1. Kansas State University
  2. »Division of Communications and Marketing
  3. »K-State Today
  4. »K-State Salina and Yingling Aviation cut the purple ribbon on a new flight simulator

K-State Today

May 5, 2014

K-State Salina and Yingling Aviation cut the purple ribbon on a new flight simulator

Submitted by Julee Cobb

Yingling group

Kansas State University Salina aviation students will have a new piece of technology to train on thanks to a generous donation from a Wichita aviation company.

Kirk Schulz, Kansas State University president; Verna Fitzsimmons, K-State Salina CEO and dean; and Kurt Barnhart, K-State Salina aviation department head and executive director of the Applied Aviation Research Center, joined representatives from Yingling Aviation on April 30 for a purple-ribbon cutting on a donated Frasca Mentor flight simulator, which is now part of the university's aviation program.

"One of the things that Dean Fitzsimmons has talked about is that we need to make sure K-State Salina has current technology and modern equipment and that we're updating our laboratories and facilities," Schulz said. "I really appreciate the donation, and we want to continue to partner with companies like Yingling Aviation to produce what I think are the best graduates in the country."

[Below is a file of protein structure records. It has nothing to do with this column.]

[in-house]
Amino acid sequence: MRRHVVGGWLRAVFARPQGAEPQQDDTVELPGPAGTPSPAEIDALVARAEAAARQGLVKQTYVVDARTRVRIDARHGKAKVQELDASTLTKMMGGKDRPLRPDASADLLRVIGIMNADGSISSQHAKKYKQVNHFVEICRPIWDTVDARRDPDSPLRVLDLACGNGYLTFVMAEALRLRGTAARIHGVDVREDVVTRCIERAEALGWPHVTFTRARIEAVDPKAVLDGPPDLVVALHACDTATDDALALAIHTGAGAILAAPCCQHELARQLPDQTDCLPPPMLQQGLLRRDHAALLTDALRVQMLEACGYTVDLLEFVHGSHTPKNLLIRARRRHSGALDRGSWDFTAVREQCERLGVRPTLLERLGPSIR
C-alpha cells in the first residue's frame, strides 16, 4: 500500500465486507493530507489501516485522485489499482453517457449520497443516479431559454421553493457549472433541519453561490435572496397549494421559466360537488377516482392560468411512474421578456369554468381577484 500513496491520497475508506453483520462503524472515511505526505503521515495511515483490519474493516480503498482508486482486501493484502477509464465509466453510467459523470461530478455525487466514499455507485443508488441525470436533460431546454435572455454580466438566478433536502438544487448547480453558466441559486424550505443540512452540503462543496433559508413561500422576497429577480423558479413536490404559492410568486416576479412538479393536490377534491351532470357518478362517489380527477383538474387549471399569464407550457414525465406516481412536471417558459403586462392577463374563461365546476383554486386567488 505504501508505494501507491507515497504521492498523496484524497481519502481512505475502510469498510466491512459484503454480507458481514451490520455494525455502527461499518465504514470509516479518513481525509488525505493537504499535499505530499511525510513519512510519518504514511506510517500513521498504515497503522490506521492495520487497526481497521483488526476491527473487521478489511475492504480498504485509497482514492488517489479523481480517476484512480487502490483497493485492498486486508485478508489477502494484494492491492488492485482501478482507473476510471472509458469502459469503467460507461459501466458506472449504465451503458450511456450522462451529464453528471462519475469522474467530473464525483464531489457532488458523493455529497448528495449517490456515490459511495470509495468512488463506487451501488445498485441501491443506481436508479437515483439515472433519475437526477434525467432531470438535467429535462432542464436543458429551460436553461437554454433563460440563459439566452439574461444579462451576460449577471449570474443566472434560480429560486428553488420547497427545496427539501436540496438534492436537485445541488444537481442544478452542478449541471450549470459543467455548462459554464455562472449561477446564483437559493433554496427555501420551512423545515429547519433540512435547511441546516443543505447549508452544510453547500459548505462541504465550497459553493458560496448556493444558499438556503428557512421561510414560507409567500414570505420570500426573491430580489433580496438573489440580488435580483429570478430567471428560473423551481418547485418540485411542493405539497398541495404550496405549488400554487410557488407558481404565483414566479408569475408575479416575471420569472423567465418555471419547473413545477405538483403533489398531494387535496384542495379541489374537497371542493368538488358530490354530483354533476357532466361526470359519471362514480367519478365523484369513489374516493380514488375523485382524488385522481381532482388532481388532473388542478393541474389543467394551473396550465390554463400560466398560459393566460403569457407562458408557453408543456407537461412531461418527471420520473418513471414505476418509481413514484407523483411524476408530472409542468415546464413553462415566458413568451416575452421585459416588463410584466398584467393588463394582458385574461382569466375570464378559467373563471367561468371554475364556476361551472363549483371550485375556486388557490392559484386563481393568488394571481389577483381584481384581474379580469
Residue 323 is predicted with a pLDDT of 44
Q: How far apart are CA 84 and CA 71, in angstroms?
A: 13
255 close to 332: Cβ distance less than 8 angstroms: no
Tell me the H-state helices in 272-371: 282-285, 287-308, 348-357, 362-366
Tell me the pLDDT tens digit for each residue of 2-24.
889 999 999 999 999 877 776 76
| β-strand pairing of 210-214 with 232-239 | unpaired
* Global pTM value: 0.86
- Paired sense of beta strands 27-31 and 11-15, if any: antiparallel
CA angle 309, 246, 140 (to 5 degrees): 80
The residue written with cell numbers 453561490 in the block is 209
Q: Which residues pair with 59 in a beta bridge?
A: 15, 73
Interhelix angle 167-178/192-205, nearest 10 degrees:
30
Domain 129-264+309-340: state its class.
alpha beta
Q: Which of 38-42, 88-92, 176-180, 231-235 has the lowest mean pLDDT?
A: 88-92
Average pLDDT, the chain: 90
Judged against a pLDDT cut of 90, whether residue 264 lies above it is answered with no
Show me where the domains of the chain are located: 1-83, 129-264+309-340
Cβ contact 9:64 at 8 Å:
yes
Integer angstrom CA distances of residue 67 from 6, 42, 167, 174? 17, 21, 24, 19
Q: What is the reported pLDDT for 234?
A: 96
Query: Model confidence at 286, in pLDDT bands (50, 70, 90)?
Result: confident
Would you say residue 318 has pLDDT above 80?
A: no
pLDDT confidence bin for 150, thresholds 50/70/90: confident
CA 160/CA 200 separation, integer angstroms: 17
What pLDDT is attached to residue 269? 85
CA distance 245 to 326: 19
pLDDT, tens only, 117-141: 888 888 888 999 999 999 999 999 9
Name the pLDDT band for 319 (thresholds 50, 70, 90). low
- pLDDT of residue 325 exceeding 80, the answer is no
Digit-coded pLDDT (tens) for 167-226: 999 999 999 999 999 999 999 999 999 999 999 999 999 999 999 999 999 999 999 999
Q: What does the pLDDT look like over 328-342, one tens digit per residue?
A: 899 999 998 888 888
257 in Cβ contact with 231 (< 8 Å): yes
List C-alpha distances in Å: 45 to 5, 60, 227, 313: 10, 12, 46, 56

The Frasca Mentor is equipped to simulate a Cessna 172/S with Garmin G1000 avionics and a GFC700 autopilot. Fitzsimmons says this kind of technology is a welcomed addition to the K-State Salina aviation program.

"I know the students are anxious to start putting some time in on the simulator and getting accommodated with the instrumentation," Fitzsimmons said. "We are so grateful for this donation — it will provide comprehensive training that will allow students to experience piloting scenarios that are usually unavailable in this class of airplane."

Yingling Aviation has been using the simulator for the past six years until discontinuing its flight instruction program. Lonnie Vaughan, president of Yingling Aviation, says donating the equipment to K-State Salina was an undeniable choice.

"We decided to find it a home where it can be put to valuable use and K-State Salina obviously fits that bill," Vaughan said. "It's our hope that this simulator be an efficient, cost-effective and well-utilized addition to their flight training fleet."

K-State Salina is awaiting Federal Aviation Administration approval to incorporate the new simulator formally into the pilot training curriculum. The university has three other simulators that students use in the professional pilot program.